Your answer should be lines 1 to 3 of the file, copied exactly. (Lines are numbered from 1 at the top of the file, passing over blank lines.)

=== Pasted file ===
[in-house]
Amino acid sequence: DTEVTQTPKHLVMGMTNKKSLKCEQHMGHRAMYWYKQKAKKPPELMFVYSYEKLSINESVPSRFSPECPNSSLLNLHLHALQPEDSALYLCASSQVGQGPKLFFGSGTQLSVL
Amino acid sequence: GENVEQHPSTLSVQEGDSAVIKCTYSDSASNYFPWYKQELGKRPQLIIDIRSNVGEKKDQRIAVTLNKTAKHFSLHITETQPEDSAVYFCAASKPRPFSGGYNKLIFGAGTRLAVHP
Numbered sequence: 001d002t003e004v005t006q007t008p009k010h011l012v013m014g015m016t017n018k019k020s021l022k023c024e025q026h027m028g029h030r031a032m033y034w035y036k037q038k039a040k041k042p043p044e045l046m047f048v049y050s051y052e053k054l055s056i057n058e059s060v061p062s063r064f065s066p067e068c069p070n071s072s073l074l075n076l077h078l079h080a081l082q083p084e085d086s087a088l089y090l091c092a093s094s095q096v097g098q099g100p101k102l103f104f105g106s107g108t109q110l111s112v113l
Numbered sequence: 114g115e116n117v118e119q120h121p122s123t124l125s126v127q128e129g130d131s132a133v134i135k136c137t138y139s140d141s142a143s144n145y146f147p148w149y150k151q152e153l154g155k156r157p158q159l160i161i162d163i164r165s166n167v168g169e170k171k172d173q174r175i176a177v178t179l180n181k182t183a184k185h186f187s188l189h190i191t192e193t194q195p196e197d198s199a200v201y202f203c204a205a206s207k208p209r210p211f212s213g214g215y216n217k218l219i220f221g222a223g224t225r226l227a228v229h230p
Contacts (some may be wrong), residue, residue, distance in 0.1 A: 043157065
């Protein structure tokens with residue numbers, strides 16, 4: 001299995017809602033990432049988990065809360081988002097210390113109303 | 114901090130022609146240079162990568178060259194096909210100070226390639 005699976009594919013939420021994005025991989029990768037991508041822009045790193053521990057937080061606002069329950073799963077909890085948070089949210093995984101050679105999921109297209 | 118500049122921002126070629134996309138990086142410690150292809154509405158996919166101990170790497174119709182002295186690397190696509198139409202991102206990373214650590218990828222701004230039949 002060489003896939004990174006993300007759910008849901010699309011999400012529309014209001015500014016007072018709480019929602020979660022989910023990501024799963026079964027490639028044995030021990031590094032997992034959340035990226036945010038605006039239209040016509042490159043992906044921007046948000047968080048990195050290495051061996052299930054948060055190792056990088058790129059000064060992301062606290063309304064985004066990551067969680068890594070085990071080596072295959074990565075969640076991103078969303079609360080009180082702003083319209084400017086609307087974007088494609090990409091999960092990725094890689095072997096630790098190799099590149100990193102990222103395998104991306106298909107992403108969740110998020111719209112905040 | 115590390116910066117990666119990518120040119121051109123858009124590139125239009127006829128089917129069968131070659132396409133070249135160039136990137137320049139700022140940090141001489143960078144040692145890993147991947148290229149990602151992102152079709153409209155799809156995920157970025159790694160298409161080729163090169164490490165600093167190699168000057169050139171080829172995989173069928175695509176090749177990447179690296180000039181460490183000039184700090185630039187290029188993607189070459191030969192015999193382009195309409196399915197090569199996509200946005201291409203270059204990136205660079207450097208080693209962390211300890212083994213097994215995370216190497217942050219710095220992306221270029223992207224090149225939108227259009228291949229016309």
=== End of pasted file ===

[in-house]
Amino acid sequence: DTEVTQTPKHLVMGMTNKKSLKCEQHMGHRAMYWYKQKAKKPPELMFVYSYEKLSINESVPSRFSPECPNSSLLNLHLHALQPEDSALYLCASSQVGQGPKLFFGSGTQLSVL
Amino acid sequence: GENVEQHPSTLSVQEGDSAVIKCTYSDSASNYFPWYKQELGKRPQLIIDIRSNVGEKKDQRIAVTLNKTAKHFSLHITETQPEDSAVYFCAASKPRPFSGGYNKLIFGAGTRLAVHP